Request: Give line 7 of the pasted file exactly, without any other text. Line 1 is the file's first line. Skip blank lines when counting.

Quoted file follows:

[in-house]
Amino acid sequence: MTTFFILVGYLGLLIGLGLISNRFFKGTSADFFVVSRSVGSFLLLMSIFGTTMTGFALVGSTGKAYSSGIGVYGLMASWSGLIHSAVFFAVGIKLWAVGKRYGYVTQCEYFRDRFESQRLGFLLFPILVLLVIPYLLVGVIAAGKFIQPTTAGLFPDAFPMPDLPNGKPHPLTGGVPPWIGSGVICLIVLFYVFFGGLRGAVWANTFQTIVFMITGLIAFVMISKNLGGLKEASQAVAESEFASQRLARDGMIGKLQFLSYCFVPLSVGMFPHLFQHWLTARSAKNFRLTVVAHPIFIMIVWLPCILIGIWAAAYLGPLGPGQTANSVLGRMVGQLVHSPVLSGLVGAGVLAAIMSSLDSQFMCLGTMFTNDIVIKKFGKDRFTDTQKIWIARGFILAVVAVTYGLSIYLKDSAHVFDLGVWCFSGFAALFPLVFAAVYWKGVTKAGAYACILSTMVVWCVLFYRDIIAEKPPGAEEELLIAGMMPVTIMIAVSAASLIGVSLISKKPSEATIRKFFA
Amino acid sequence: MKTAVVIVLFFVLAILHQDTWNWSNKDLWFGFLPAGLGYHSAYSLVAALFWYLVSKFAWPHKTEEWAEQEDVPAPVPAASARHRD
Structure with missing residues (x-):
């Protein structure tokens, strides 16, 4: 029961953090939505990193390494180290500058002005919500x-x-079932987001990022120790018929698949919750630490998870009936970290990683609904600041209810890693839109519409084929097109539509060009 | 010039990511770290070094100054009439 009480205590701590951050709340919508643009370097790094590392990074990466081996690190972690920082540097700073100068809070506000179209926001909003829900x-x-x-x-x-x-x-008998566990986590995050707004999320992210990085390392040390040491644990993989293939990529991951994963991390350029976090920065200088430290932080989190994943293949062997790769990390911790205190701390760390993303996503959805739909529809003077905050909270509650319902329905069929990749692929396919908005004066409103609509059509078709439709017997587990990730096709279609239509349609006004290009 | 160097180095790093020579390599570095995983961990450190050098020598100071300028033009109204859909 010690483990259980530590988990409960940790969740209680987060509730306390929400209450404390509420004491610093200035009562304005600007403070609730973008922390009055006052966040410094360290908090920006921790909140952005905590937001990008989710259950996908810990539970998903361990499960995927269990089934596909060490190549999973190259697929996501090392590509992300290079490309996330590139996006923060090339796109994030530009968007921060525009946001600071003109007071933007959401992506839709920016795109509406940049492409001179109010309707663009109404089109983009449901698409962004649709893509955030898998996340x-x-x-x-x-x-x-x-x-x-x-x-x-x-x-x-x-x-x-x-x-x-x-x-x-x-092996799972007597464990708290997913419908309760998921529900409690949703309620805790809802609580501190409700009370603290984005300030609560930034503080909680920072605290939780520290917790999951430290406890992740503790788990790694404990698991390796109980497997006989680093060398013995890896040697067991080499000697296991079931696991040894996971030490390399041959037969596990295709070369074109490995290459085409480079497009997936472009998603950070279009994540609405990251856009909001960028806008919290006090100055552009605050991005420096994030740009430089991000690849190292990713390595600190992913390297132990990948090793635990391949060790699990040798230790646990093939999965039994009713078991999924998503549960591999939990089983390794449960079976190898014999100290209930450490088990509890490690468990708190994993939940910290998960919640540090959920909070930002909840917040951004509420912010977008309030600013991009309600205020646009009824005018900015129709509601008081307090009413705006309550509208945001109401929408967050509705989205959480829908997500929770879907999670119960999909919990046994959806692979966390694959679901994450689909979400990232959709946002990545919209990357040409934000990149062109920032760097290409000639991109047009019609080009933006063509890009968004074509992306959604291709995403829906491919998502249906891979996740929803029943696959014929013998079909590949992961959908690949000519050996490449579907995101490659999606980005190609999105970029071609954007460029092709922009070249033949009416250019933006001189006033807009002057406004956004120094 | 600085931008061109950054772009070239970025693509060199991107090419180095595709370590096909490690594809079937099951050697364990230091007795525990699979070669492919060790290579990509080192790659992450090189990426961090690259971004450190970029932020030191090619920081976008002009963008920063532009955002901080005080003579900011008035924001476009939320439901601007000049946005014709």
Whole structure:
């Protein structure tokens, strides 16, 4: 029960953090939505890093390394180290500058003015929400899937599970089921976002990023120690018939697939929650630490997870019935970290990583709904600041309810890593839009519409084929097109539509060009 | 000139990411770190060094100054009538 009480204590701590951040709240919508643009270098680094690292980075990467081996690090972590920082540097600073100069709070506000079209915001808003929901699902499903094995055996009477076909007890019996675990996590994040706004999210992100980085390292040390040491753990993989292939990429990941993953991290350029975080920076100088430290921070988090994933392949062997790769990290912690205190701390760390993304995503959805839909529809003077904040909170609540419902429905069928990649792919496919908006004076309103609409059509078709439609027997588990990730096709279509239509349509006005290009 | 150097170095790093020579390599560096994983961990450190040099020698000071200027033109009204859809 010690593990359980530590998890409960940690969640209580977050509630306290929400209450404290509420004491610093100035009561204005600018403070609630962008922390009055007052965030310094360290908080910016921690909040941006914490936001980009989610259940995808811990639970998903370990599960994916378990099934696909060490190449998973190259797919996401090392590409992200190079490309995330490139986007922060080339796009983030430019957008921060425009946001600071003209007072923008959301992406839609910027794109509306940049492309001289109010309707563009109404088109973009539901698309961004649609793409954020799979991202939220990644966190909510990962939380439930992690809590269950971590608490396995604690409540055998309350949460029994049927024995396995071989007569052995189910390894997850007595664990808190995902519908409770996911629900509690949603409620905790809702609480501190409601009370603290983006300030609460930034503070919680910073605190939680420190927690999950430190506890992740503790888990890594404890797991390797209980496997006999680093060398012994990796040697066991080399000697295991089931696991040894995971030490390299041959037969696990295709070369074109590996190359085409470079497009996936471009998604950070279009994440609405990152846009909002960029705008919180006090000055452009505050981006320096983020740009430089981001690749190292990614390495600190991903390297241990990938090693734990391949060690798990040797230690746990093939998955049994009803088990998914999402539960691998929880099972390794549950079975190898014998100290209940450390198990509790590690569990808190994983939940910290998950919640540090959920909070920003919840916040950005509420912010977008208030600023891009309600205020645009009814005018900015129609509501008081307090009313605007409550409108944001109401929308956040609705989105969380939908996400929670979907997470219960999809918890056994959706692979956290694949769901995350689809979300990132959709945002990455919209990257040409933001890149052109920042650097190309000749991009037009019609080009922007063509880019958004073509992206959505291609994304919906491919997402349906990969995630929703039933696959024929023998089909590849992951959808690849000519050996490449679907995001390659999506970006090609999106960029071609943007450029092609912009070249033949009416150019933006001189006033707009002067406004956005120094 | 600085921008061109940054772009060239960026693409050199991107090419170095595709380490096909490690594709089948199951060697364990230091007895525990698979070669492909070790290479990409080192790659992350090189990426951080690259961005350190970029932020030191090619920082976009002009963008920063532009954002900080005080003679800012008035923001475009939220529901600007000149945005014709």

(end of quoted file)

């Protein structure tokens, strides 16, 4: 029960953090939505890093390394180290500058003015929400899937599970089921976002990023120690018939697939929650630490997870019935970290990583709904600041309810890593839009519409084929097109539509060009 | 000139990411770190060094100054009538 009480204590701590951040709240919508643009270098680094690292980075990467081996690090972590920082540097600073100069709070506000079209915001808003929901699902499903094995055996009477076909007890019996675990996590994040706004999210992100980085390292040390040491753990993989292939990429990941993953991290350029975080920076100088430290921070988090994933392949062997790769990290912690205190701390760390993304995503959805839909529809003077904040909170609540419902429905069928990649792919496919908006004076309103609409059509078709439609027997588990990730096709279509239509349509006005290009 | 150097170095790093020579390599560096994983961990450190040099020698000071200027033109009204859809 010690593990359980530590998890409960940690969640209580977050509630306290929400209450404290509420004491610093100035009561204005600018403070609630962008922390009055007052965030310094360290908080910016921690909040941006914490936001980009989610259940995808811990639970998903370990599960994916378990099934696909060490190449998973190259797919996401090392590409992200190079490309995330490139986007922060080339796009983030430019957008921060425009946001600071003209007072923008959301992406839609910027794109509306940049492309001289109010309707563009109404088109973009539901698309961004649609793409954020799979991202939220990644966190909510990962939380439930992690809590269950971590608490396995604690409540055998309350949460029994049927024995396995071989007569052995189910390894997850007595664990808190995902519908409770996911629900509690949603409620905790809702609480501190409601009370603290983006300030609460930034503070919680910073605190939680420190927690999950430190506890992740503790888990890594404890797991390797209980496997006999680093060398012994990796040697066991080399000697295991089931696991040894995971030490390299041959037969696990295709070369074109590996190359085409470079497009996936471009998604950070279009994440609405990152846009909002960029705008919180006090000055452009505050981006320096983020740009430089981001690749190292990614390495600190991903390297241990990938090693734990391949060690798990040797230690746990093939998955049994009803088990998914999402539960691998929880099972390794549950079975190898014998100290209940450390198990509790590690569990808190994983939940910290998950919640540090959920909070920003919840916040950005509420912010977008208030600023891009309600205020645009009814005018900015129609509501008081307090009313605007409550409108944001109401929308956040609705989105969380939908996400929670979907997470219960999809918890056994959706692979956290694949769901995350689809979300990132959709945002990455919209990257040409933001890149052109920042650097190309000749991009037009019609080009922007063509880019958004073509992206959505291609994304919906491919997402349906990969995630929703039933696959024929023998089909590849992951959808690849000519050996490449679907995001390659999506970006090609999106960029071609943007450029092609912009070249033949009416150019933006001189006033707009002067406004956005120094 | 600085921008061109940054772009060239960026693409050199991107090419170095595709380490096909490690594709089948199951060697364990230091007895525990698979070669492909070790290479990409080192790659992350090189990426951080690259961005350190970029932020030191090619920082976009002009963008920063532009954002900080005080003679800012008035923001475009939220529901600007000149945005014709």